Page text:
Packed to the rafters: $2 kit that saves mothers and babies


More than 200 volunteers are expected to fill the Great Hall at the University of Sydney to pack $2 birthing kits that can help save the lives of thousands of mothers and babies by reducing the risk of infection after birth.

Sydney Nursing School is holding a Birthing Kit Assembly Day on Wednesday 7 December. The group will pack 5000 kits which will then be sent to help pregnant women in Papua New Guinea and Africa to deliver their babies in safe and clean environments.

The school is calling for volunteers to assist its staff, students and alumni in sorting out and parcelling up the kits which will include a single-bed-sized plastic sheet for the mothers, gloves for the midwifes, string for tying the umbilical cord, and scalpels.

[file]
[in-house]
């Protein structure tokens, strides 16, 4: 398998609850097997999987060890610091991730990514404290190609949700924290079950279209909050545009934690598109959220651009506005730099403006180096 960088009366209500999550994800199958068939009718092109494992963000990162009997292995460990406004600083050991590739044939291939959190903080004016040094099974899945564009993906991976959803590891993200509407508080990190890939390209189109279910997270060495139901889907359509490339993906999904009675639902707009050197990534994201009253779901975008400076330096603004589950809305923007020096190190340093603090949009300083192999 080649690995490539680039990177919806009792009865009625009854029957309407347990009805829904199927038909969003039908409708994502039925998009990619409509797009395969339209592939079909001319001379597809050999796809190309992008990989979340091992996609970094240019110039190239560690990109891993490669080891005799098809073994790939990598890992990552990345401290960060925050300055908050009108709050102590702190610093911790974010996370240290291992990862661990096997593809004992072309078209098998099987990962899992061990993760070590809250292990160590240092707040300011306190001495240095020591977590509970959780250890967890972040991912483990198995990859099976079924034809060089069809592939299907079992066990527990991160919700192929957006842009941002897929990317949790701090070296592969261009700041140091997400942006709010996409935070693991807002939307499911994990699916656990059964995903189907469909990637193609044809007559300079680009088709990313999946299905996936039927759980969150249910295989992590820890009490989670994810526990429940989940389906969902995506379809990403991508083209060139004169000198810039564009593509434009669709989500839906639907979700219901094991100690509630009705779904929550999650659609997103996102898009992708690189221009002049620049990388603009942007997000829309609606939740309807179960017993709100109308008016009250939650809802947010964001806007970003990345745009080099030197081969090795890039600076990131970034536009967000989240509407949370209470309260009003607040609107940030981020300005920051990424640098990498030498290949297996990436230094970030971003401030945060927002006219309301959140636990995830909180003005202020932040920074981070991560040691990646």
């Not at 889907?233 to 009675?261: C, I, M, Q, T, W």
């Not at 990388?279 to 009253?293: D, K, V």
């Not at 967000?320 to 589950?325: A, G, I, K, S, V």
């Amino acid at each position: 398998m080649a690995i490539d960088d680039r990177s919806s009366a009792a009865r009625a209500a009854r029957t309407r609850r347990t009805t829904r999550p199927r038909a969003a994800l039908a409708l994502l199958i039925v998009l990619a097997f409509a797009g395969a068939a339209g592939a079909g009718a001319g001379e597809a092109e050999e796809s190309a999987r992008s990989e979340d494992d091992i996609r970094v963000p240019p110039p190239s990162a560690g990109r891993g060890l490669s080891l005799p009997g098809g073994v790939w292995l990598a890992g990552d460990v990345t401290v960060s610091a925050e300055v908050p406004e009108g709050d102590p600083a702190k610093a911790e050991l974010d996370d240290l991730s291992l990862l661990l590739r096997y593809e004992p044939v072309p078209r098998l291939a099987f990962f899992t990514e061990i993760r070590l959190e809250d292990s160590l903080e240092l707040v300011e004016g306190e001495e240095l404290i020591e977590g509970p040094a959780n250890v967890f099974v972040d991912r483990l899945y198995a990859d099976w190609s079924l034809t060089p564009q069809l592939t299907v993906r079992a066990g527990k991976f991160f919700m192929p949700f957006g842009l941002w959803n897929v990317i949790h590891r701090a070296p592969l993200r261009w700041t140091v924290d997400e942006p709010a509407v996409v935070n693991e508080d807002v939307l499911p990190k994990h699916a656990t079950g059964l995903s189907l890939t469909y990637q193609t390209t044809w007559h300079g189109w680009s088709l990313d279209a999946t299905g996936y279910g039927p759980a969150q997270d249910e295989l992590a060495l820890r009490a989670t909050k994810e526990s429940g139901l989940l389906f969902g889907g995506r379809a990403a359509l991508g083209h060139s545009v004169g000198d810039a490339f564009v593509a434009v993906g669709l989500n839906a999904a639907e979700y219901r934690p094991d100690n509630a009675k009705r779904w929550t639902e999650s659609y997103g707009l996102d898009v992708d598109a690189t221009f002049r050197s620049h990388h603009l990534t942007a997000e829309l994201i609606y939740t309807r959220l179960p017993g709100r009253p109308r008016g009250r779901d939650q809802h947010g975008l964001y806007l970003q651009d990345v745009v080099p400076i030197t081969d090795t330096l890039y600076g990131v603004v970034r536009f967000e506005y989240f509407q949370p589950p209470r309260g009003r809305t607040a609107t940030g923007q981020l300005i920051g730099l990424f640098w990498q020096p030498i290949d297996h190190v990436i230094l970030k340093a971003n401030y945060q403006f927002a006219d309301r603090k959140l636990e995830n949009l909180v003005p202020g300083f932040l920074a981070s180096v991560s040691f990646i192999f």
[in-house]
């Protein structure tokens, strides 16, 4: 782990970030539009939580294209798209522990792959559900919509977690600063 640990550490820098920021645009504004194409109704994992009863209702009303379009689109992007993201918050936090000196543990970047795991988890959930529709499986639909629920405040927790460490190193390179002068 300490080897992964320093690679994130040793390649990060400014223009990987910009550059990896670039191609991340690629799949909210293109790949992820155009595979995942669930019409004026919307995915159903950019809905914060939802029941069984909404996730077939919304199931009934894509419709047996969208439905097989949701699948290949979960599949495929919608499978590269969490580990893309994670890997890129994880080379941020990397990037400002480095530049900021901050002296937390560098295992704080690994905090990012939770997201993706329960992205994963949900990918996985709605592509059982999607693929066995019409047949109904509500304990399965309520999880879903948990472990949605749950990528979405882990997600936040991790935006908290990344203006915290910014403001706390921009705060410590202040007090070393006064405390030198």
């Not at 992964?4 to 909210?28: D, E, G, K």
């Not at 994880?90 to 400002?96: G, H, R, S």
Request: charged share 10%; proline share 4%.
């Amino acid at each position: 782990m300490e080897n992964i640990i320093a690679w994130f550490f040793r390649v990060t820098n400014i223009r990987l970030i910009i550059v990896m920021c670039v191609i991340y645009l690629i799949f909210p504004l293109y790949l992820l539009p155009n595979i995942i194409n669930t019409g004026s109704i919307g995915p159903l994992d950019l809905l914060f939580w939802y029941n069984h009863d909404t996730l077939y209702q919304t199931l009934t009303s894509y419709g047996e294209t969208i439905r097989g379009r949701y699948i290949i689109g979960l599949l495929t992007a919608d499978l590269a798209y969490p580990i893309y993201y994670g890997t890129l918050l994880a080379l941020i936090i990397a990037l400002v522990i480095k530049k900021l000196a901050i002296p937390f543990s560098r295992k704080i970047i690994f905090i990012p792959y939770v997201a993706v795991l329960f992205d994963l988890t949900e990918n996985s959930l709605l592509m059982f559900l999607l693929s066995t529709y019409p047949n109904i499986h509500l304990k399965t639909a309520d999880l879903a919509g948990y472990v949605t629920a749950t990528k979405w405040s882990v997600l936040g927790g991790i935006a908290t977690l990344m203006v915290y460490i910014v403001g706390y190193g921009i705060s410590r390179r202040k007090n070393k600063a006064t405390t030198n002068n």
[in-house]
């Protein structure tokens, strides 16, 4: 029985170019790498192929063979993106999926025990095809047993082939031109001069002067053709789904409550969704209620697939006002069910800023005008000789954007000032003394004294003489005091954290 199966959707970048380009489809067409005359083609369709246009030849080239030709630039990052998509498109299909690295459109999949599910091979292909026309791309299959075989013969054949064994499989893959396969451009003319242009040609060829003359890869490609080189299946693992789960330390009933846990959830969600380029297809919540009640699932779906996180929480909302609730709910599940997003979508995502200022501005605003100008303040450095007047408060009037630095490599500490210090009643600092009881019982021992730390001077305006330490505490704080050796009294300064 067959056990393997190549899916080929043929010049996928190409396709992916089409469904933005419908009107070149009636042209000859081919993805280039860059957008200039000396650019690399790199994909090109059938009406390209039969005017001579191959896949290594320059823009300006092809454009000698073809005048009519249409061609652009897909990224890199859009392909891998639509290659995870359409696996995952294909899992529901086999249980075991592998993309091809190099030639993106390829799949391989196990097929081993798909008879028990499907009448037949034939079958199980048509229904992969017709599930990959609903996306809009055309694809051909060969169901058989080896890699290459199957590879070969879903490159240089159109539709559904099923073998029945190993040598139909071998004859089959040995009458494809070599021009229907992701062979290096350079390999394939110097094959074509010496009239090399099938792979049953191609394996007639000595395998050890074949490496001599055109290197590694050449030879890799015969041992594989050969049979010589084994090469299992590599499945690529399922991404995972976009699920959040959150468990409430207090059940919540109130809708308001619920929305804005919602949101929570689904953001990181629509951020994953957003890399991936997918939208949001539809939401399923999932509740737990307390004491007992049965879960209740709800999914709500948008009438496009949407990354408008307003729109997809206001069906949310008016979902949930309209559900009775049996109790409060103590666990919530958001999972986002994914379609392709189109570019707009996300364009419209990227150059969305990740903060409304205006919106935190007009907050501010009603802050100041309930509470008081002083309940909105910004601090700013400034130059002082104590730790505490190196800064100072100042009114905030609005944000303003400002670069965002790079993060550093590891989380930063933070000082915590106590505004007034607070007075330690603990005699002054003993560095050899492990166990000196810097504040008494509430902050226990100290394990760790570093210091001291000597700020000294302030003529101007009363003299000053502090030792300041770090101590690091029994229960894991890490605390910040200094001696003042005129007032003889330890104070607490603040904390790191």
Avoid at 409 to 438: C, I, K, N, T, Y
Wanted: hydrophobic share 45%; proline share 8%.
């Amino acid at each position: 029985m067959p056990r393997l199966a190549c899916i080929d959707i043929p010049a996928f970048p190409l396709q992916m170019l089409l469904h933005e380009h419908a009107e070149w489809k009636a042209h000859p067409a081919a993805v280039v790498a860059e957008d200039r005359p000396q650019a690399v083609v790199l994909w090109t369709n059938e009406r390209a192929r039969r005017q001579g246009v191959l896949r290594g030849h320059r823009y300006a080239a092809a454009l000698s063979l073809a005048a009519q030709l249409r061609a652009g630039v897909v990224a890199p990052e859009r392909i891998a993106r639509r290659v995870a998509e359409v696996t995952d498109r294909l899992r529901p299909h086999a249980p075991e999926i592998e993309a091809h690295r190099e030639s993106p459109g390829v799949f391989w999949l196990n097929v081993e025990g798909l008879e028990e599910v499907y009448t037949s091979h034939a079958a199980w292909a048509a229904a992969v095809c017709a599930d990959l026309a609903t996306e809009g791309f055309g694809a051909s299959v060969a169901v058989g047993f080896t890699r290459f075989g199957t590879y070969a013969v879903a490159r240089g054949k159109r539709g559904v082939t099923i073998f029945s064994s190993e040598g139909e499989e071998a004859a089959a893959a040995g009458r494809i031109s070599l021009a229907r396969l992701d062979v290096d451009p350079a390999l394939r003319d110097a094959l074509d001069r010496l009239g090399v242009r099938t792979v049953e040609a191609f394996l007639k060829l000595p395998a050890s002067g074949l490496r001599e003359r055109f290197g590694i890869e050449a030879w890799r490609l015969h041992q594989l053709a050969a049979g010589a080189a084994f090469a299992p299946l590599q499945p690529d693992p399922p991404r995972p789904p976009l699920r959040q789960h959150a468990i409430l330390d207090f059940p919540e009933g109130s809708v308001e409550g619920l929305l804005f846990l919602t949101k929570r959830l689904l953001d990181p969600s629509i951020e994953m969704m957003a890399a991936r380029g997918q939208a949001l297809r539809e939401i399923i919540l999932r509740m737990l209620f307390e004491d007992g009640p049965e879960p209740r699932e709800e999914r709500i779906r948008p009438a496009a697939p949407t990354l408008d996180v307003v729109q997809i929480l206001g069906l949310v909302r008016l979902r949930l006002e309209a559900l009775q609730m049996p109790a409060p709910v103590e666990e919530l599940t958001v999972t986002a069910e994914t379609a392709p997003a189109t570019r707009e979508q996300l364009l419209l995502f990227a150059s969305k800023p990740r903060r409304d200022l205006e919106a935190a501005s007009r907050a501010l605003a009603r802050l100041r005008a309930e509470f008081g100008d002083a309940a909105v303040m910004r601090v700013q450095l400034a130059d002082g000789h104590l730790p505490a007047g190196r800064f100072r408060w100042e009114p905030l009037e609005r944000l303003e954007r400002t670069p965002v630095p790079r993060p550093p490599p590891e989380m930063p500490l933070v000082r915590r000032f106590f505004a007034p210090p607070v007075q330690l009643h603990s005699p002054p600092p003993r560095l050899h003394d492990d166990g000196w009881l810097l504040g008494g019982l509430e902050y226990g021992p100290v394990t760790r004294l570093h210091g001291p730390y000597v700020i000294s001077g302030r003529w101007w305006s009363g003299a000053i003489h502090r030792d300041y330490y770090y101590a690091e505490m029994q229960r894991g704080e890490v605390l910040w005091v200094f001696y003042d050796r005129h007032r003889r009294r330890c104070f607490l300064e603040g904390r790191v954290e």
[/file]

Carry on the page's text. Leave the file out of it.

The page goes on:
\”Each birthing kit contains the most basic equipment needed for mothers in resource-poor countries to give birth to their children in a safe and clean environment,\” says Professor Jill White, Dean of Sydney Nursing School.

\”Birthing in a safe and clean environment in Australia is something that we take for granted. But every minute a woman dies from complications related to childbirth and 99 percent of these deaths occur in resource-poor countries. With a birthing kit there is something very simple we can do to help.\”

An estimated 500,000 new mothers die each year in developing countries due to infection as a result of childbirth.

The birthing kits contain the essentials for creating a hygienic birthing environment for new mothers, potentially saving many thousands of lives.

The event will take place in the University of Sydney\’s Great Hall where volunteers will sort and package the items essential for the birthing kits.

These components have been purchased from Birthing Kit Australia for $2 per kit using funds raised by students and alumni of the University.

Special guest speaker on the day will be Gabi Hollows, founding director of the Fred Hollows Foundation. Gabi will be sharing about her experiences in helping those requiring medical assistance in resource poor nations.